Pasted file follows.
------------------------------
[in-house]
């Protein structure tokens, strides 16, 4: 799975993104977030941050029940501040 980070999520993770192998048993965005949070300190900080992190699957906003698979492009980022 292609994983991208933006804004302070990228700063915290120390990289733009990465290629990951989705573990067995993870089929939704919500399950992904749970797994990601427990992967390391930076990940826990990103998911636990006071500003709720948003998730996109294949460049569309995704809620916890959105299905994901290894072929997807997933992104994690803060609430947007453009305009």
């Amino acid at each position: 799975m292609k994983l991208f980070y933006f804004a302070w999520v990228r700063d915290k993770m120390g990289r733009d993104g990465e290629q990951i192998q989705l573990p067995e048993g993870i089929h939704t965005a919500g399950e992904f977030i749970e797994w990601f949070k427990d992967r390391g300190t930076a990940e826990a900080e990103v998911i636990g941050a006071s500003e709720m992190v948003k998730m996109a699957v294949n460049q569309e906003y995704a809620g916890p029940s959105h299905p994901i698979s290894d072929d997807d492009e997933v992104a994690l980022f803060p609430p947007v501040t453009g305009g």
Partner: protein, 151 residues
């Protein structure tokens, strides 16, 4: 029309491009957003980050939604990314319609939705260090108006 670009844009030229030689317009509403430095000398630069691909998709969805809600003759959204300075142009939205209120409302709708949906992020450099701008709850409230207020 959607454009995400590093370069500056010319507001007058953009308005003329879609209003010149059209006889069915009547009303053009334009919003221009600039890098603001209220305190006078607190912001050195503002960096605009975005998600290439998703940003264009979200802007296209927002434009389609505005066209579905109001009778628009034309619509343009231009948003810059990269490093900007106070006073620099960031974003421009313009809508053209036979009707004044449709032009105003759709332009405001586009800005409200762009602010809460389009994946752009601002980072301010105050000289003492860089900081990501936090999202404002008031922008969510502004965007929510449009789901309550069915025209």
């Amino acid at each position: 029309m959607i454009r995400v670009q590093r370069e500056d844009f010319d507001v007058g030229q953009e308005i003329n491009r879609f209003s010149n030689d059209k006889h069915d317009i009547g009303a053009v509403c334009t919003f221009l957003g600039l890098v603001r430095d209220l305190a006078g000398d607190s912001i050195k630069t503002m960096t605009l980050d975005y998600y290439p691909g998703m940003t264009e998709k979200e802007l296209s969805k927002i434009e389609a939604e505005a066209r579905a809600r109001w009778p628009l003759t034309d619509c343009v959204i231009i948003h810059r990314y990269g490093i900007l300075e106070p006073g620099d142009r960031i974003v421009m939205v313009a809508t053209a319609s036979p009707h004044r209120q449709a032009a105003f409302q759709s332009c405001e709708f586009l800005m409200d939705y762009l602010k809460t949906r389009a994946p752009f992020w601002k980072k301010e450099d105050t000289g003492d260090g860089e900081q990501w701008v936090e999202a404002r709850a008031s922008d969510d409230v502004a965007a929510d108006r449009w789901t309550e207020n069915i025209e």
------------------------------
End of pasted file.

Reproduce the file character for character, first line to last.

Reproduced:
[in-house]
């Protein structure tokens, strides 16, 4: 799975993104977030941050029940501040 980070999520993770192998048993965005949070300190900080992190699957906003698979492009980022 292609994983991208933006804004302070990228700063915290120390990289733009990465290629990951989705573990067995993870089929939704919500399950992904749970797994990601427990992967390391930076990940826990990103998911636990006071500003709720948003998730996109294949460049569309995704809620916890959105299905994901290894072929997807997933992104994690803060609430947007453009305009």
């Amino acid at each position: 799975m292609k994983l991208f980070y933006f804004a302070w999520v990228r700063d915290k993770m120390g990289r733009d993104g990465e290629q990951i192998q989705l573990p067995e048993g993870i089929h939704t965005a919500g399950e992904f977030i749970e797994w990601f949070k427990d992967r390391g300190t930076a990940e826990a900080e990103v998911i636990g941050a006071s500003e709720m992190v948003k998730m996109a699957v294949n460049q569309e906003y995704a809620g916890p029940s959105h299905p994901i698979s290894d072929d997807d492009e997933v992104a994690l980022f803060p609430p947007v501040t453009g305009g």
Partner: protein, 151 residues
């Protein structure tokens, strides 16, 4: 029309491009957003980050939604990314319609939705260090108006 670009844009030229030689317009509403430095000398630069691909998709969805809600003759959204300075142009939205209120409302709708949906992020450099701008709850409230207020 959607454009995400590093370069500056010319507001007058953009308005003329879609209003010149059209006889069915009547009303053009334009919003221009600039890098603001209220305190006078607190912001050195503002960096605009975005998600290439998703940003264009979200802007296209927002434009389609505005066209579905109001009778628009034309619509343009231009948003810059990269490093900007106070006073620099960031974003421009313009809508053209036979009707004044449709032009105003759709332009405001586009800005409200762009602010809460389009994946752009601002980072301010105050000289003492860089900081990501936090999202404002008031922008969510502004965007929510449009789901309550069915025209």
């Amino acid at each position: 029309m959607i454009r995400v670009q590093r370069e500056d844009f010319d507001v007058g030229q953009e308005i003329n491009r879609f209003s010149n030689d059209k006889h069915d317009i009547g009303a053009v509403c334009t919003f221009l957003g600039l890098v603001r430095d209220l305190a006078g000398d607190s912001i050195k630069t503002m960096t605009l980050d975005y998600y290439p691909g998703m940003t264009e998709k979200e802007l296209s969805k927002i434009e389609a939604e505005a066209r579905a809600r109001w009778p628009l003759t034309d619509c343009v959204i231009i948003h810059r990314y990269g490093i900007l300075e106070p006073g620099d142009r960031i974003v421009m939205v313009a809508t053209a319609s036979p009707h004044r209120q449709a032009a105003f409302q759709s332009c405001e709708f586009l800005m409200d939705y762009l602010k809460t949906r389009a994946p752009f992020w601002k980072k301010e450099d105050t000289g003492d260090g860089e900081q990501w701008v936090e999202a404002r709850a008031s922008d969510d409230v502004a965007a929510d108006r449009w789901t309550e207020n069915i025209e």